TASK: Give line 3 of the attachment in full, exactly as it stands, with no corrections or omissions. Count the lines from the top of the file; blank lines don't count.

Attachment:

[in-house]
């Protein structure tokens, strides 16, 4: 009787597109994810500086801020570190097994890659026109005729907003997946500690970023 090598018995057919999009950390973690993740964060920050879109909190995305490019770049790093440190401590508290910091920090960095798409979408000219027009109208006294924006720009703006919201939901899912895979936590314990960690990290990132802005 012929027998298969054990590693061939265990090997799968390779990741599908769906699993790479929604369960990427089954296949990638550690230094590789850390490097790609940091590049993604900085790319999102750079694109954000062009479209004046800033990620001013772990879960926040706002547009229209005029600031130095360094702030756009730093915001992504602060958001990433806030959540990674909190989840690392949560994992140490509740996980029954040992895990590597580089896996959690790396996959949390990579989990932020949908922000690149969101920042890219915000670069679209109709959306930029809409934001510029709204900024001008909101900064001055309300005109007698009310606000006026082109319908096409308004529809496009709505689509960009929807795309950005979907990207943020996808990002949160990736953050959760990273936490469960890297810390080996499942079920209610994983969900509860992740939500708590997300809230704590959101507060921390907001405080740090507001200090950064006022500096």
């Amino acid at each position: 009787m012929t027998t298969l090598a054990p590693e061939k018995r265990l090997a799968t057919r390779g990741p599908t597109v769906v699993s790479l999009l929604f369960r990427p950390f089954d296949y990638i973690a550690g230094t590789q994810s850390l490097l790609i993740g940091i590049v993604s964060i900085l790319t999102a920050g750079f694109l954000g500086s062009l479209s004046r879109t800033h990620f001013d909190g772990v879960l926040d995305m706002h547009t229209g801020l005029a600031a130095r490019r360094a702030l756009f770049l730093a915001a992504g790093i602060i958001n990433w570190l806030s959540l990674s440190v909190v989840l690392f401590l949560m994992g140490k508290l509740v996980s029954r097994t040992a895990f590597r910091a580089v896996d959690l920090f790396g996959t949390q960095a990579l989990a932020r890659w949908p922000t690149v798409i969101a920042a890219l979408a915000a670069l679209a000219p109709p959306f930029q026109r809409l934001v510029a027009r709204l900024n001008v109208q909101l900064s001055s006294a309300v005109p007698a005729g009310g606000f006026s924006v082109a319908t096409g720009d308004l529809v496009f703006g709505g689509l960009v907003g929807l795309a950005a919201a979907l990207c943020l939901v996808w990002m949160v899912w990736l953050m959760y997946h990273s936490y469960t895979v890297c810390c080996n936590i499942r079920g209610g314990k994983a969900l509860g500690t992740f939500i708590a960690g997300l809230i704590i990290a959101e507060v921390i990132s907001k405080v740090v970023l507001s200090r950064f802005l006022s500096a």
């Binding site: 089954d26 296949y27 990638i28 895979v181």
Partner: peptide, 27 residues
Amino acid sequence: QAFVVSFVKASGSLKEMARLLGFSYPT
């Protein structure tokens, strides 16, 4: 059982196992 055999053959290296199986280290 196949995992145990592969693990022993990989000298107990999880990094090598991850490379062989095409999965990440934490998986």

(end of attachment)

């Amino acid at each position: 009787m012929t027998t298969l090598a054990p590693e061939k018995r265990l090997a799968t057919r390779g990741p599908t597109v769906v699993s790479l999009l929604f369960r990427p950390f089954d296949y990638i973690a550690g230094t590789q994810s850390l490097l790609i993740g940091i590049v993604s964060i900085l790319t999102a920050g750079f694109l954000g500086s062009l479209s004046r879109t800033h990620f001013d909190g772990v879960l926040d995305m706002h547009t229209g801020l005029a600031a130095r490019r360094a702030l756009f770049l730093a915001a992504g790093i602060i958001n990433w570190l806030s959540l990674s440190v909190v989840l690392f401590l949560m994992g140490k508290l509740v996980s029954r097994t040992a895990f590597r910091a580089v896996d959690l920090f790396g996959t949390q960095a990579l989990a932020r890659w949908p922000t690149v798409i969101a920042a890219l979408a915000a670069l679209a000219p109709p959306f930029q026109r809409l934001v510029a027009r709204l900024n001008v109208q909101l900064s001055s006294a309300v005109p007698a005729g009310g606000f006026s924006v082109a319908t096409g720009d308004l529809v496009f703006g709505g689509l960009v907003g929807l795309a950005a919201a979907l990207c943020l939901v996808w990002m949160v899912w990736l953050m959760y997946h990273s936490y469960t895979v890297c810390c080996n936590i499942r079920g209610g314990k994983a969900l509860g500690t992740f939500i708590a960690g997300l809230i704590i990290a959101e507060v921390i990132s907001k405080v740090v970023l507001s200090r950064f802005l006022s500096a």